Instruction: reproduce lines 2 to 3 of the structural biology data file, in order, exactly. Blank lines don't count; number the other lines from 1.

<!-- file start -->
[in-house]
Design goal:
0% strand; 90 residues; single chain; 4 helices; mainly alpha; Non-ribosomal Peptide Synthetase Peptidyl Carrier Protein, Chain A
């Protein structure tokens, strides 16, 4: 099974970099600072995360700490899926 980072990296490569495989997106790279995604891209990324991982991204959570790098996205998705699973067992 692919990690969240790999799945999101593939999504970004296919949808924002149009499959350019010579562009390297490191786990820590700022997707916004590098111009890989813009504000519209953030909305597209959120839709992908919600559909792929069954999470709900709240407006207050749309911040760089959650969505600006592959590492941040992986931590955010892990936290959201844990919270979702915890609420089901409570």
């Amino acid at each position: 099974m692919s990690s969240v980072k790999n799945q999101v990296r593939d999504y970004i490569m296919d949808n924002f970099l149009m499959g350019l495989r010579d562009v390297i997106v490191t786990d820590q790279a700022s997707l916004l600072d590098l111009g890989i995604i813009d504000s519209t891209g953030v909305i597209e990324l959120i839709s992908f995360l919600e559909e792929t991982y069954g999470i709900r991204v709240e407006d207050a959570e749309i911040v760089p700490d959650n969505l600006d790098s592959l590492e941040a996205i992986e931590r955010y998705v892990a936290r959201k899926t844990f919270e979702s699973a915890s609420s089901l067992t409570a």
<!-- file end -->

Design goal:
0% strand; 90 residues; single chain; 4 helices; mainly alpha; Non-ribosomal Peptide Synthetase Peptidyl Carrier Protein, Chain A